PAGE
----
Bush were accompanied by control of at least one house of Congress. Divided government. Government trifecta#United States. Party divisions of United States Congresses. Political power in the United States over time. Political party strength in U.S. states. Ansolabehere, S., Palmer, M., & Schneer, B. (2018). Divided Government and Significant Legislation: A History of Congress from 1789 to 2010. Social Science History, 42(1), 81-108. Morris Fiorina, Divided Government, 1996. David R. Mayhew, Divided We Govern, 1991.
United States Presidents and control of Congresscontrolcontrol of
Midterm electionsmidterm electionmid-term elections
Kennedy, Richard Nixon, Bill Clinton, George W. Bush and Donald Trump) has the President's party gained seats in the House or the Senate and of those only two (1934 Franklin Roosevelt and 2002 George Bush) have seen the President's party gain seats in both houses. 1 Party shading shows which party controls chamber after that election. *
Secretary of the InteriorU.S. Secretary of the InteriorInterior Secretary
The United States secretary of the interior is the head of the United States Department of the Interior. The Department of the Interior in the United States is responsible for the management and conservation of most federal land and natural resources; it oversees such agencies as the Bureau of Land Management, the United States Geological Survey, and the National Park Service. The secretary also serves on and appoints the private citizens on the National Park Foundation board. The secretary is a member of the president's Cabinet. The U.S. Department of the Interior should not be confused with the Ministries of the Interior as used in many other countries.
Deputy Attorney GeneralDeputy Attorney General of the United StatesU.S. Deputy Attorney General
The United States Deputy Attorney General is the second highest-ranking official in the United States Department of Justice and oversees the day-to-day operation of the Department. The Deputy Attorney General acts as Attorney General during the absence of the Attorney General.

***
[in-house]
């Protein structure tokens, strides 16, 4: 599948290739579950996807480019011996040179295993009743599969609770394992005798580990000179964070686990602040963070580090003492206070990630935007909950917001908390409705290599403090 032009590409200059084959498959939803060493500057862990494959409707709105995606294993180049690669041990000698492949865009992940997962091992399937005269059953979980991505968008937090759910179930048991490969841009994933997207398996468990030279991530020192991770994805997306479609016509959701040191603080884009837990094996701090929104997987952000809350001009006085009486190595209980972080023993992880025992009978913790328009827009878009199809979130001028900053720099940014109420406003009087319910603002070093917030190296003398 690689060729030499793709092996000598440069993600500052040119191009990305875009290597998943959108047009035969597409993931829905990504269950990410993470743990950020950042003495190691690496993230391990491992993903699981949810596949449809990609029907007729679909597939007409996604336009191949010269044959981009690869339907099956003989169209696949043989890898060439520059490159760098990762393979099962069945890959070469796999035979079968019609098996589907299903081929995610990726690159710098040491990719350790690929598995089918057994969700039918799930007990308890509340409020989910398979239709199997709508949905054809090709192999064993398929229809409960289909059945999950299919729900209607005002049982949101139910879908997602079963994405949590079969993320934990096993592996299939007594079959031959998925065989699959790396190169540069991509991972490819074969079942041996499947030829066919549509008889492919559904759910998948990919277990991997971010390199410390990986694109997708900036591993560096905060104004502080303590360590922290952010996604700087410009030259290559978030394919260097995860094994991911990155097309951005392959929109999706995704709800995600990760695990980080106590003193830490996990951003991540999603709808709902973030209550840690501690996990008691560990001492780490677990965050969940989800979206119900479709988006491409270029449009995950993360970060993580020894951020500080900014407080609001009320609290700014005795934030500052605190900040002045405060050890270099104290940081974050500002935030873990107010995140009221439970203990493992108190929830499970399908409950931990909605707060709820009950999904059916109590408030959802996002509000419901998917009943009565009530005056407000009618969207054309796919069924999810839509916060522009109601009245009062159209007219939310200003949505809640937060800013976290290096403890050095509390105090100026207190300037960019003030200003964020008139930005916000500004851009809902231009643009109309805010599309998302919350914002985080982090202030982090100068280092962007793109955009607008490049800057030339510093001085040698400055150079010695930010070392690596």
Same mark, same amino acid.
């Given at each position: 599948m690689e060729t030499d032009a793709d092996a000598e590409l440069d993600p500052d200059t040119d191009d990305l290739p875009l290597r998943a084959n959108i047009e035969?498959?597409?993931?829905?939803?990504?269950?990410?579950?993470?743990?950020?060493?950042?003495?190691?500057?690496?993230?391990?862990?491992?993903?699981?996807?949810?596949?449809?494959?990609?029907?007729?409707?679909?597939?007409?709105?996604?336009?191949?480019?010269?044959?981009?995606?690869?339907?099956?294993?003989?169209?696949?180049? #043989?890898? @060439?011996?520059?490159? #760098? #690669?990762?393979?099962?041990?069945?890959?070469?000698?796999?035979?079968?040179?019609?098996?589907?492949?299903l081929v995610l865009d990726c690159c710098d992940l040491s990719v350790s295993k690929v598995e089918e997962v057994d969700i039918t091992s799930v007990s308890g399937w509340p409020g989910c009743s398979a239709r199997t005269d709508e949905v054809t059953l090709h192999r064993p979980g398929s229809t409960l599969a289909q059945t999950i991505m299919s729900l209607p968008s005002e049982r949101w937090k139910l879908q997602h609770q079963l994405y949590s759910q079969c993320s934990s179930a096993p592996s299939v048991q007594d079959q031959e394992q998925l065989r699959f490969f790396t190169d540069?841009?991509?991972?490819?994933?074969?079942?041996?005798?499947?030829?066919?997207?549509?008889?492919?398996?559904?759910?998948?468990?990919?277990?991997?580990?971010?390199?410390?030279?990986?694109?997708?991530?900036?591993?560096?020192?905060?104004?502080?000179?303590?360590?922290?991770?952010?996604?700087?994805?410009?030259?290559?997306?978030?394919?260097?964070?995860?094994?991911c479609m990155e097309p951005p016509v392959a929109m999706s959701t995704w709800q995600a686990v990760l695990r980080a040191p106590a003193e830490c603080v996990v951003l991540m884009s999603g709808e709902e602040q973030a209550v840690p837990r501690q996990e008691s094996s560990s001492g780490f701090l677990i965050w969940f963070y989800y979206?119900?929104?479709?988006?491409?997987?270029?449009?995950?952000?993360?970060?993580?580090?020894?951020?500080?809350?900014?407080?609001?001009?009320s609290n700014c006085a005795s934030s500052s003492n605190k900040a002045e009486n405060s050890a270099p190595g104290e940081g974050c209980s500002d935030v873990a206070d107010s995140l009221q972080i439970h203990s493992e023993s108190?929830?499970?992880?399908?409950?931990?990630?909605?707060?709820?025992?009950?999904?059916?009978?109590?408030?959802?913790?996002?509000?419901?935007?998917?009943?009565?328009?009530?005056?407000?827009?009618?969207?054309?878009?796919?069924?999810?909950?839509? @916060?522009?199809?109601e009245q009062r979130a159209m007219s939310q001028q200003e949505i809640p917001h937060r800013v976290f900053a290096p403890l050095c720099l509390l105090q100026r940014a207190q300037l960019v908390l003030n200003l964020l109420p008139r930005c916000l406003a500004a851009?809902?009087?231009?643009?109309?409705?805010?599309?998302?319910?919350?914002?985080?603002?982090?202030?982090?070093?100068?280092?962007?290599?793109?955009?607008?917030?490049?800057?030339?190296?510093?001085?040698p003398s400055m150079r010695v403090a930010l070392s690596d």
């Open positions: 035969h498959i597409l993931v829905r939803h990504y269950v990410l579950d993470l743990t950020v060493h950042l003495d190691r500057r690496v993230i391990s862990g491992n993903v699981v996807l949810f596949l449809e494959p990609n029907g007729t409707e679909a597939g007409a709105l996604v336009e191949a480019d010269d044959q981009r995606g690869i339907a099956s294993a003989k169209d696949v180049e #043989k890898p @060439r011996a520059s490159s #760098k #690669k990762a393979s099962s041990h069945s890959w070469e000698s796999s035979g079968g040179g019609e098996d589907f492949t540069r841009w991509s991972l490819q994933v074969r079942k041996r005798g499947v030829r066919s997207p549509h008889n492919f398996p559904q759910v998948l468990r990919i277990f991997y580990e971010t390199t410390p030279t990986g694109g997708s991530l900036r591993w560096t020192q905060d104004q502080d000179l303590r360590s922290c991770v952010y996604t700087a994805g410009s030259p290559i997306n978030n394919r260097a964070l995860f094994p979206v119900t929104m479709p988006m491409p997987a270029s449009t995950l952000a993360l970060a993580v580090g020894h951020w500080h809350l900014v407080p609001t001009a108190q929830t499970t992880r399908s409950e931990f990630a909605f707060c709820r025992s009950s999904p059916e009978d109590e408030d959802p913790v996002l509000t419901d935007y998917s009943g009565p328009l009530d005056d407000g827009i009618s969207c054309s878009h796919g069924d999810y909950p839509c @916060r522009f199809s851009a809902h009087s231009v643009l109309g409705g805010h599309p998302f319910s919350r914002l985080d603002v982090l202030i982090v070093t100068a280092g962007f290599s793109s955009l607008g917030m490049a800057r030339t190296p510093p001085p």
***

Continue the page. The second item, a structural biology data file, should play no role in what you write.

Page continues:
20162016 presidential election2016 U.S. presidential election
Data scientist Hamdan Azhar noted the paradoxes of the 2016 outcome, saying that "chief among them [was] the discrepancy between the popular vote, which Hillary Clinton won by 2.8 million votes, and the electoral college, where Trump won 304-227". He said Trump outperformed Mitt Romney's 2012 results, while Clinton only just matched Barack Obama's 2012 totals. Hamdan also said Trump was "the highest vote earner of any Republican candidate ever," exceeding George W. Bush's 62.04 million votes in 2004, though neither reached Clinton's 65.9 million, nor Obama's 69.5 million votes in 2008, the overall record.
CIAC.I.A.Central Intelligence Agency (CIA)
In his address to the nation at 8:30pm on September 11, 2001, George W. Bush mentioned the intelligence community: "The search is underway for those who are behind these evil acts, I've directed the full resource of our intelligence and law enforcement communities to find those responsible and bring them to justice." The involvement of the CIA in the newly coined "War on Terror" was further increased on September 15, 2001. During a meeting at Camp David George W. Bush agreed to adopt a plan proposed by CIA director George Tenet. This plan consisted of conducting a covert war in which CIA paramilitary officers would cooperate with anti-Taliban guerillas inside Afghanistan.
Republic of CubaCubanCUB